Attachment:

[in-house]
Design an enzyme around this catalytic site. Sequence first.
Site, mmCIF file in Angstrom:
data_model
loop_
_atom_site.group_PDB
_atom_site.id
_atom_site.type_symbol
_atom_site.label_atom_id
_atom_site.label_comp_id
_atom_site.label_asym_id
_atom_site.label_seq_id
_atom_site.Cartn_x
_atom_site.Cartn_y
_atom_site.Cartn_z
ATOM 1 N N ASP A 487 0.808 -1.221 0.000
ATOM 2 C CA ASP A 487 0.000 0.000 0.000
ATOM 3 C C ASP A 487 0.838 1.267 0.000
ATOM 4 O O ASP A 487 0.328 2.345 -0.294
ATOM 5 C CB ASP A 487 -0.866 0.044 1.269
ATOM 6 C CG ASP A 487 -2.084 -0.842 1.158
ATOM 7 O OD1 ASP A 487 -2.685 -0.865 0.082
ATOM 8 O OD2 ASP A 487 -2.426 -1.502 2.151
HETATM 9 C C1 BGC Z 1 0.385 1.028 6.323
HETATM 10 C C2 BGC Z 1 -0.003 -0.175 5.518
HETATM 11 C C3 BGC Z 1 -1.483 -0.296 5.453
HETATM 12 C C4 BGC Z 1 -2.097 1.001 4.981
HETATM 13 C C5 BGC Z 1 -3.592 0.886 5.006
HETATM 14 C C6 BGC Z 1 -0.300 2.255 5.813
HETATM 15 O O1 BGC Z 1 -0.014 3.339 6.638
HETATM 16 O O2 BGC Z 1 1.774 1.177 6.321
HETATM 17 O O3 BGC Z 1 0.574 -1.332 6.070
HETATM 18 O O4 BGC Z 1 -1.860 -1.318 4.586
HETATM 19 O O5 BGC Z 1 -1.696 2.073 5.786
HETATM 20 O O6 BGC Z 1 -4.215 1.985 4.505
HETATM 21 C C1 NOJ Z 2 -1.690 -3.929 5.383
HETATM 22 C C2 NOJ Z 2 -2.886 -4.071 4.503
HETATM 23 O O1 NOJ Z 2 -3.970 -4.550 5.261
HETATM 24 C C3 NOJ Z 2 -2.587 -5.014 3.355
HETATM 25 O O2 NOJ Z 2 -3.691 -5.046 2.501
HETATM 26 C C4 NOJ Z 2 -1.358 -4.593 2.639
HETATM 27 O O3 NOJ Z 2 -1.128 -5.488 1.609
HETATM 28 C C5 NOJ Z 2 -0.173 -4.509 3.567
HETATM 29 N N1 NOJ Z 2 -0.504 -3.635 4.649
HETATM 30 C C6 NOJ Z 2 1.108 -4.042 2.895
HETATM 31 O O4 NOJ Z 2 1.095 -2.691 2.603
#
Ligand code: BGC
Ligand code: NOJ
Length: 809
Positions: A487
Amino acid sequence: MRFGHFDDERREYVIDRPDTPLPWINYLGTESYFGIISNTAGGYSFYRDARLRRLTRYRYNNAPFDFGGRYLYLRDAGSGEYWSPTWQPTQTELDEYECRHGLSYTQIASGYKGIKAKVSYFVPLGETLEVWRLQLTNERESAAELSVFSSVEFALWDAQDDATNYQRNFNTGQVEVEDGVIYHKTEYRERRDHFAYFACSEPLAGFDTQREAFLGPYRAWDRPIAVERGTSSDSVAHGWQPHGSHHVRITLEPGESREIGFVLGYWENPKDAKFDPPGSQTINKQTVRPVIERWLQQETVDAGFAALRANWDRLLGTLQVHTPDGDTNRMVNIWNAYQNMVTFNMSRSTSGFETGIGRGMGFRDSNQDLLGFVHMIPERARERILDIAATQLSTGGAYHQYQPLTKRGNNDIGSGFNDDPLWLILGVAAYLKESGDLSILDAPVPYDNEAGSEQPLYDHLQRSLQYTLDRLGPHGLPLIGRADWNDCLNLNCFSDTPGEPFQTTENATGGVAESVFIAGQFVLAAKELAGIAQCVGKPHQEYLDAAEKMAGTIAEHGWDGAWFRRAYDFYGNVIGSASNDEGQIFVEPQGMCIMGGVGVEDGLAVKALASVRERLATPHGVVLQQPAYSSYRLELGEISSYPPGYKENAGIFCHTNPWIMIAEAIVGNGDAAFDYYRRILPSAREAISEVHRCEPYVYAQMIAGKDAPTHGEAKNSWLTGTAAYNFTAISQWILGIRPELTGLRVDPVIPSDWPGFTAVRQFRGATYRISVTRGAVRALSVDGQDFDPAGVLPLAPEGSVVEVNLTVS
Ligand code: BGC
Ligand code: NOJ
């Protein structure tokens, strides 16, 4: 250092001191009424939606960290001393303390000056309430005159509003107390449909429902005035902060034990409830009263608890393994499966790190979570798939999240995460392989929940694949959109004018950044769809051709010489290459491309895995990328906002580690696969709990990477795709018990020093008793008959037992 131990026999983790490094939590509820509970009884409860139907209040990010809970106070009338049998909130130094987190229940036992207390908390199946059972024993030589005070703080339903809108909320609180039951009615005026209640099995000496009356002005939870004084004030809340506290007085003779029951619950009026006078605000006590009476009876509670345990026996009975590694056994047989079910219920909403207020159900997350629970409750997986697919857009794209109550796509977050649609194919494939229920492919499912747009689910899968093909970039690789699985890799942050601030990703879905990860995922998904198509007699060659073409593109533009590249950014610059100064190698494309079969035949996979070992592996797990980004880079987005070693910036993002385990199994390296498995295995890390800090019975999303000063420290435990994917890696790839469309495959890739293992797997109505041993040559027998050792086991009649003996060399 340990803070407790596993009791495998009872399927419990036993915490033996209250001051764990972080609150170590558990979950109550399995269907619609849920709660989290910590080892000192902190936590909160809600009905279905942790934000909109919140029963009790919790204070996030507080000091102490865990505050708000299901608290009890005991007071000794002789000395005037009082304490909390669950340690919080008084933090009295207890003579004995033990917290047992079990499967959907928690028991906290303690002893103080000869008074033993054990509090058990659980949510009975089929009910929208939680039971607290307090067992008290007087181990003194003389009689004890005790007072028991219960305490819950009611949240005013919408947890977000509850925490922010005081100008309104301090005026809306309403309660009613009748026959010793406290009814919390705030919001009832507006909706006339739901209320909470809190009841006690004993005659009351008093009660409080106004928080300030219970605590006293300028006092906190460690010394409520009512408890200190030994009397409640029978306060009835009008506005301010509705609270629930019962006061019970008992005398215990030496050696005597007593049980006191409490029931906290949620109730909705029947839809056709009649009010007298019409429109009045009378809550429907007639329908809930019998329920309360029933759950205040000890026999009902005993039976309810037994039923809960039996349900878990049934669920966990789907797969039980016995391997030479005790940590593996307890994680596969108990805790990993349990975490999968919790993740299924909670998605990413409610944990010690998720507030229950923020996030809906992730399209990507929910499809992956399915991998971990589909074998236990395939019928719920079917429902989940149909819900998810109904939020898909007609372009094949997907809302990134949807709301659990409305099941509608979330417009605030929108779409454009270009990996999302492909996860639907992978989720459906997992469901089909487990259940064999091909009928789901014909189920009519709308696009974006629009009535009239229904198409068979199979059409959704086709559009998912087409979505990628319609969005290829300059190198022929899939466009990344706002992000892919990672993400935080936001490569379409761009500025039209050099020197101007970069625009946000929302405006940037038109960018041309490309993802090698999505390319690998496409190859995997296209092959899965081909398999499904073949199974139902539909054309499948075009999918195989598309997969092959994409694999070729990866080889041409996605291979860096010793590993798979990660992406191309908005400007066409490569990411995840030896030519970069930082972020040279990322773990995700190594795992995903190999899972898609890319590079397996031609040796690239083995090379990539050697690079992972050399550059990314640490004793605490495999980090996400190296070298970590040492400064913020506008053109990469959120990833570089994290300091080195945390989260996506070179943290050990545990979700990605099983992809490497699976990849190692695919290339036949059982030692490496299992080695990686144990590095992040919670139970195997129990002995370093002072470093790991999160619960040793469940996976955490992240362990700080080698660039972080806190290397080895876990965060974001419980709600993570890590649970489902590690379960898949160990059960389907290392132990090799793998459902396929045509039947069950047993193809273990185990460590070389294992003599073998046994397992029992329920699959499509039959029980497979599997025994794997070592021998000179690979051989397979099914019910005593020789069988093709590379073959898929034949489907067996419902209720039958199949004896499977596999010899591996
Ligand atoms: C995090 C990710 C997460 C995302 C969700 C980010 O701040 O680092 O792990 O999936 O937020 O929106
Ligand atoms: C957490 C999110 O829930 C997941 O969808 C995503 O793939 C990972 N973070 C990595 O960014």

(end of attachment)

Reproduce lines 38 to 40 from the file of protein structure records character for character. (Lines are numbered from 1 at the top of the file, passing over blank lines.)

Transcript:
HETATM 23 O O1 NOJ Z 2 -3.970 -4.550 5.261
HETATM 24 C C3 NOJ Z 2 -2.587 -5.014 3.355
HETATM 25 O O2 NOJ Z 2 -3.691 -5.046 2.501